Are you thinking of representing yourself or your business in litigation without an attorney? Or, have you been involved in a lawsuit in which the other side was self-represented?
These are both examples of pro se representation, a practice in which individuals represent themselves in pending legal proceedings before administrative bodies or courts. Pro se representation is Constitutionally protected but frowned upon in most courts.
There are valid grounds for pro se representation in certain circumstances. But there are other reasons why the procedure is not looked upon favorably and may, in fact, place individuals in legal peril.
The concept and legal terminology is of ancient origin. The term pro se is rooted in Latin, meaning "for oneself" or "on behalf of oneself."
The venerable tradition of self-representation in legal matters is also embedded in the U.S. Constitution. Although pro se is not expressly covered in the Constitution, courts have held that an individual is legally entitled to self-representation.
There are a number of reasons why individuals elect to represent themselves pro se. They include strong personal views about a particular matter, refusal or inability to work with legal counsel, and inability to find legal counsel who are willing to work with an individual, often because of the position taken by the pro se party in the litigation.
But the driving force for much pro se litigation is economics. The high cost of legal representation often leads individuals to represent themselves. This trend has been branching out in recent years as legal fees and expenses continue to mount. Courts may even make exceptions to this limitation on occasion.
There are a number of restrictions courts impose on pro se litigation. They include instances in which individuals are unduly disruptive, clearly lacking in knowledge, or have engaged in improper or abusive practices. There is a growing tendency, although occasionally controversial, for courts to proscribe litigation by individuals who repeatedly engage in abusive tactics while litigating pro se. The practice of self-representation or pro se litigation can be either a boon or a bane to litigants.
There are, however, a number of limitations that courts impose upon pro se litigation. In Minnesota, for example, organizations such as corporations or other businesses cannot represent themselves, although Conciliation Court allows pro se representation with proper written authorization. Corporate entities are considered in the eyes of the law as a separate individual and generally need to be represented by legal counsel, rather than an individual or even the proprietor of the business. However, more obligations and obstacles on courts and litigants in connection with pro se litigation.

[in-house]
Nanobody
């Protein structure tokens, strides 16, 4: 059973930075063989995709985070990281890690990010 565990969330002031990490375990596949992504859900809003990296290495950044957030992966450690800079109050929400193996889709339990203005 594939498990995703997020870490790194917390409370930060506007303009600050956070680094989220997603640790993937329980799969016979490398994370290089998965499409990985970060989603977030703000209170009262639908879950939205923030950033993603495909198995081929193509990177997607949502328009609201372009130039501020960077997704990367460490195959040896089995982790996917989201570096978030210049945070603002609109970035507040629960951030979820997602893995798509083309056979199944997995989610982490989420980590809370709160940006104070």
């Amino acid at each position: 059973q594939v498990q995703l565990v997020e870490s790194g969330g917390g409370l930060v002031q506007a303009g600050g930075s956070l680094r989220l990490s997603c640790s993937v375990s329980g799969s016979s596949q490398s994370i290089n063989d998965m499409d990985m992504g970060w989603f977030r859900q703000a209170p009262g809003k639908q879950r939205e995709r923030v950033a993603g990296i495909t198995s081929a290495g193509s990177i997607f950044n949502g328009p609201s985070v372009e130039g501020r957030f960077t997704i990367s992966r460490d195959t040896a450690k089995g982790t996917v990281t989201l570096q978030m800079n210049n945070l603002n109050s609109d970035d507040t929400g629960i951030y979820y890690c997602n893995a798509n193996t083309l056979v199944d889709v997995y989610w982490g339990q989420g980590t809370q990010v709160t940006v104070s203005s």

Adversaries also are wary of dealing with pro se litigants. Because they often are unfamiliar with legal procedures, pro se litigants can create confusion and frustration for other parties, which tend to drive up the time and cost involved in litigation.
Some of these problems can be avoided by a mixture of pro se litigation coupled with professional advice. On occasion, the benefits of pro se litigation can be achieved while avoiding some of its detriments.
An individual can represent himself, but have informal advice or counsel furnished by a lawyer without the lawyer making a formal appearance on behalf of the litigant. By staying in the background or on the sidelines, the lawyer can offer guidance to a pro se party without the litigant incurring substantial legal expense.
Pro se litigation remains an important right for individuals, but, like other rights and privileges, it can be abused and misused.
Prudent practice generally dictates that, except in relatively minor matters, individuals should not engage in representing themselves. While pro se practice is of ancient origin, so too is the old saw: "Persons who represent themselves have fools for clients."
Pro se litigation poses a number of problems for both self-represented individuals and their adversaries.
Litigants who are proceeding on a pro se basis usually are held to the same legal standards as attorneys. This means that if they fail to follow court rules and regulations, they are subject to litigation sanctions, and the excuse that they are not legally trained may often fall on deaf ears.
Pro se litigants are often viewed askance by judges and other adjudicators. Judges prefer to deal with lawyers, who are more accustomed to legal procedures, and they fear that they must often bend over backwards to assist pro se litigants, even though they are not legally obliged to do so.